Everything I have seen or read tells me the Pedder Road Flyover is going to be a colossal waste. Los Angeles has the most extensive road and flyover network in the United States; it also has the worst traffic congestion. But why should I talk about the American experience when Delhi itself demonstrates the futility of pointless flyovers?
The first flyovers in the capital actually had some merit to them. Several railway lines cross the city, and it made sense that flyovers came up to avoid the jams caused by barriers coming down to let a train pass. But the latest flyovers are nothing to do with trains, they are actually -- like the one at Pedder Road -- being built to avoid other road traffic. This smacks of treating the symptoms rather than the disease. The number of vehicles just keeps increasing, and the result is that there is now a traffic jam on the South Extension Flyover as well as on the roads below it.
Since Mumbaikars are as fond of their cars as Delhiites, I am willing to wager the Pedder Road Flyover will be just another folly.
Is there a solution? Widening roads is not the answer. Delhi's arterial Ring Road is now thrice the size it was fifteen years ago but the congestion has simply got worse. Having cut down the trees on either side, will the corporators now pull down all the houses too?
Any long-term solution will require major changes in thinking. We have to get used to building better public transport. Next, we have to stop using roads as a free resource, with tolls varying with time and place. That is, if you want to enter the city centre in peak hours you must pay for it.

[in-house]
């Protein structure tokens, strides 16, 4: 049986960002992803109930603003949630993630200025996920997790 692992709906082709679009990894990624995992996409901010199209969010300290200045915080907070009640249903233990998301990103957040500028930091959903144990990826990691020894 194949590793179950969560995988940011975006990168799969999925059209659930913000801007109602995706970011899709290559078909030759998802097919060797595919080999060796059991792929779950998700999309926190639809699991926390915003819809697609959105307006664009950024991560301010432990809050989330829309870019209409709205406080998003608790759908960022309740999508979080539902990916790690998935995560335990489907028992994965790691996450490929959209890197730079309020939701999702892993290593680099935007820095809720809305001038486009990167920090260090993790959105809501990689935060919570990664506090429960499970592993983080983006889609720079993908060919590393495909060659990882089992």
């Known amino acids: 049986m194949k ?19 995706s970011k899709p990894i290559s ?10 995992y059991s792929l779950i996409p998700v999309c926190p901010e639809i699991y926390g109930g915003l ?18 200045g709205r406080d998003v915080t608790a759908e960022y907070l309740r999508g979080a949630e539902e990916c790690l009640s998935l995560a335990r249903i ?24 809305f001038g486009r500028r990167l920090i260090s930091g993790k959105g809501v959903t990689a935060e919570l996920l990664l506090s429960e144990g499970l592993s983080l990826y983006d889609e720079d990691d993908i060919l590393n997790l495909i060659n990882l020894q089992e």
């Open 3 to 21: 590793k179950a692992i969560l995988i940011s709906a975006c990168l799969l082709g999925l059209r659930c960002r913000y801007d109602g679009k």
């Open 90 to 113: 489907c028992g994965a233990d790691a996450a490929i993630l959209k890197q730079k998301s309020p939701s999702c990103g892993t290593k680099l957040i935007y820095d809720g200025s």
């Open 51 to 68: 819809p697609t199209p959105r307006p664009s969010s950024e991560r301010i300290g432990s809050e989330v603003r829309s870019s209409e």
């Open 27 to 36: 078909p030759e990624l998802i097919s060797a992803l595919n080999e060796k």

Third, there have to be mandatory restrictions on the number of vehicles, possibly even something as drastic as one car per household. Fourth, there must be staggered timings. Is there any reason why every school and college, every bank and shop and ministry must open between 8 AM and 10 AM?
None of these solutions is new. Each of them has been tried in at least one other major city. But India's problems, courtesy of its population, are so much greater that I believe all of them must be enforced simultaneously if our cities don't degenerate into chaos.
Will it happen? I am not optimistic. We have already seen how the traders' lobby can hold Delhi to ransom. Cutting down on projects such as ill-thought flyovers means tackling the construction lobby, while putting curbs on personal vehicles entails taking on the automobile industry. Do you think our neta-babu nexus will let that happen?
While we wait for urban planning in 21st century India to catch up with those of the Sindhu Valley CiviliSation 5000 years ago -- where encroachment was strictly forbidden -- do not ignore rural India. There are no clear answers to the arguments of the Narmada Bachao Andolan. Unlike the traders in Delhi, the farmers being pushed off their land are not illegal squatters. But what compensation can you offer, given the paucity of agricultural land? What jobs and training can you give to someone who has spent 40 years in farming? On the other hand, without water and electricity how can you ensure development in the urban areas that are the future of India?
However, I do know that the future belongs to those who prepare for it today. Beginning with Delhi, Mumbai, and Bangalore, we have to get India's cities in working order -- or watch them slip into utter chaos tomorrow.